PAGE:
Post Magazine

February 2014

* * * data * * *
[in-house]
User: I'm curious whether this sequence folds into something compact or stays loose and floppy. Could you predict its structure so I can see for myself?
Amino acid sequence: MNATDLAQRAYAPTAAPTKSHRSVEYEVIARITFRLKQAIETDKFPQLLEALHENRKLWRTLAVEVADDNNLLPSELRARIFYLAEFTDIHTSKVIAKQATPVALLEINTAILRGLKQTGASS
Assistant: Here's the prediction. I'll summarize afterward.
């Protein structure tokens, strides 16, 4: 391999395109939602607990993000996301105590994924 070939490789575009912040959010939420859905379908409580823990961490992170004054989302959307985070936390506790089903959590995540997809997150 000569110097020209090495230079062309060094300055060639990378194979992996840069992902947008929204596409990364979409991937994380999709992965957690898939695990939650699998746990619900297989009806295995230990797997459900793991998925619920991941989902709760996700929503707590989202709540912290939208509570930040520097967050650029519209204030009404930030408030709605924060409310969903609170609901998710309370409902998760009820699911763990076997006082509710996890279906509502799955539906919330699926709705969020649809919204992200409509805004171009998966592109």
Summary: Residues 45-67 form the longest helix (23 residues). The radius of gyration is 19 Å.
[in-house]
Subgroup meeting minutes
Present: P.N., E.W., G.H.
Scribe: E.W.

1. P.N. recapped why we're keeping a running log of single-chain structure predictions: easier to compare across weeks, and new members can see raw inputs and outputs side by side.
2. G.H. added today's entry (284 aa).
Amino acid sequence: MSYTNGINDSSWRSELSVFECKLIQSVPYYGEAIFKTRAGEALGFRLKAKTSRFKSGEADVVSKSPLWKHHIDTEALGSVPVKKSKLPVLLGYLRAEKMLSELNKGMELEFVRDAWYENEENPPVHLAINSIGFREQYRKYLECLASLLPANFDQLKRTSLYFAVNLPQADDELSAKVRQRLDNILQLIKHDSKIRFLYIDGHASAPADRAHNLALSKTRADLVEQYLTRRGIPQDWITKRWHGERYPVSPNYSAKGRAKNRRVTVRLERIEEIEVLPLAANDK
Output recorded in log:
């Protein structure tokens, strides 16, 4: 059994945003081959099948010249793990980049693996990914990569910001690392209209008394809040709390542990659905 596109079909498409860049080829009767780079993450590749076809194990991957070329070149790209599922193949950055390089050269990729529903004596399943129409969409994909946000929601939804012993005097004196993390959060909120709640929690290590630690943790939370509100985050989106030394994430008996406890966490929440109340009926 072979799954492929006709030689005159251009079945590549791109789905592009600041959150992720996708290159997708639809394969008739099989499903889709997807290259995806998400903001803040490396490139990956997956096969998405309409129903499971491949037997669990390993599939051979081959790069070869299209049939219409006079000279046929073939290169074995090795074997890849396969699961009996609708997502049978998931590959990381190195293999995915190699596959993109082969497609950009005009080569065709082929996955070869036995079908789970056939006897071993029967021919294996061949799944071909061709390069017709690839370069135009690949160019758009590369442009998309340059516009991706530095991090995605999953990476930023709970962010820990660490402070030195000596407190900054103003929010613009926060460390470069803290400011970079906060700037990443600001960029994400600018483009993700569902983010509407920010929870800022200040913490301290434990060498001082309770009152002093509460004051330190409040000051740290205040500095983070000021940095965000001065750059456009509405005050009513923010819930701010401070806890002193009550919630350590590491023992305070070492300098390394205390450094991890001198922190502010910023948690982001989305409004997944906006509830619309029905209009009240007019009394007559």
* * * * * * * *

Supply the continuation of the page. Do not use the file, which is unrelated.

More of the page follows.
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Page 42 of 51 Post • February 2014 41 Hear WHat You Want L OS ANGELES — Eddie Kim of Therapy Studios ( created the sound design featured in Hear What You Want, a new spot for Beats by Dre that features San Francisco 49ers quarterback, Colin Kaepernick. Paul Hunter directed the 2:45 short, which gives viewers the QB's perspective as he arrives at the home field of the rival Seattle Seahawks. Unruly fans show their displeasure with the team's arrival, but the play-caller is able to stayed focused by putting on his noise-canceling Beats by Dre wireless headphones. Aloe Blacc's soulful "The Man" track plays, and Kaepernick gracefully exits the bus. Kim worked on the spot over the course of two weeks, using Avid Pro Tools as his DAW. The biggest challenge, he notes, was to make the hostile fans sound authentic and to have their energy escalate as the spot plays out. Agency R/GA conceived the spot, which was produced by Pretty Bird. Therapy's Eric Ryan mixed the project, with Eric Shin assisting. postings tHe CroWd W EST LOS ANGELES — Visual Creatures ( worked with the non-profit orga- nization Samahope recently to create an animated spot that showcases the outreach of the company, which crowd-funds resources. Money is then given directly to doctors, who provide medical treatment to women and children unable to afford them in sub-Saharan Africa, South Asia and Latin America. Visual Creatures incorporated their playful vision into the :30 spot, which appears as bright and uplift- ing while still conveying the message of need. The commercial uses the example of one person, pedaling their bicycle to light a light bulb. A team of bikers could, in theory, light a city. The animation in The Crowd has a simple, blocky and cut-out style. Music for the project was created by Virginia-based Black Iris, which used untraditional sounds to delivered the right emotional tone. Visual Creatures' credits include creative directors Ryan McNeely and John Cranston. McNeely, Crans- ton, Tony Banik and Shawn Lee served as designers. Animators included Banik, Lee and Frank Shi, with Rachel Yonda handling character animation. SleepY HolloW's VFX B URBANK — Synaptic VFX ( recently con- tributed visual effects to the first season of Fox's Sleepy Hollow. The series uses VFX to help illustrate the re-telling of the legendary story of Ichabod Crane and the Headless Horseman. Synaptic VFX worked with the show's overall VFX supervisor Jason Zimmerman, who, in tandem with the show's VFX producer, Eddie Bonin, breaks down each episode to develop a shot list. Mark Miller serves as Synaptic's in-house VFX EP for the series. The studios work included set extensions, fluid simulations, head removals for the Headless Horseman, and CG prosthetics. Each episode can contain up to 300 digital VFX shots. The studio relied on PCs and Isolon servers, along with The Foundry's Nuke and Adobe After Effects for compositing. CG tools included LightWave, 3DS Max, Maya, Fume and Krakatoa. X-trail C ULVER CITY, CA — Zoic Studios recently created visual effects for a new Nissan spot aimed at the Japanese market. X-Trail was con- ceived by TBWA, Japan, and produced by Ban- dito Brothers. The :30 spot features a Nissan SUV towing a snowboarder across a high-alti- tude mountain range. As the vehicle approaches a cliff, it turns sharply, sending the snowboarder off the mountain. The athlete deploys a para- chute, and when he lands below, the Nissan is there to give him a lift. Zoic handled comprehensive post, including on-set supervision for the five-day shoot in Chile. The studio also provided visual effects, color grading, editorial and finishing for the spot. The shoot involved stacking two high- speed cameras, which allowed Zoic to create slow-motion effects by moving both sets of footage through compositing, morphing and quick crash zooms. Additional effects included clean-up work to transform the resort mountain into a more weathered and raw environment. To heighten the VFX, Zoic artists amplified the reflective sections on both the snowboarder's suit and the vehicle itself. Autodesk Flame was used extensively. Credits include editor Dmitri Gueer, assistant editors Alison Veneto-Grady and Tawny Hsin, lead Flame artist Robert Mog- gach, and Flame assistant An Dang.

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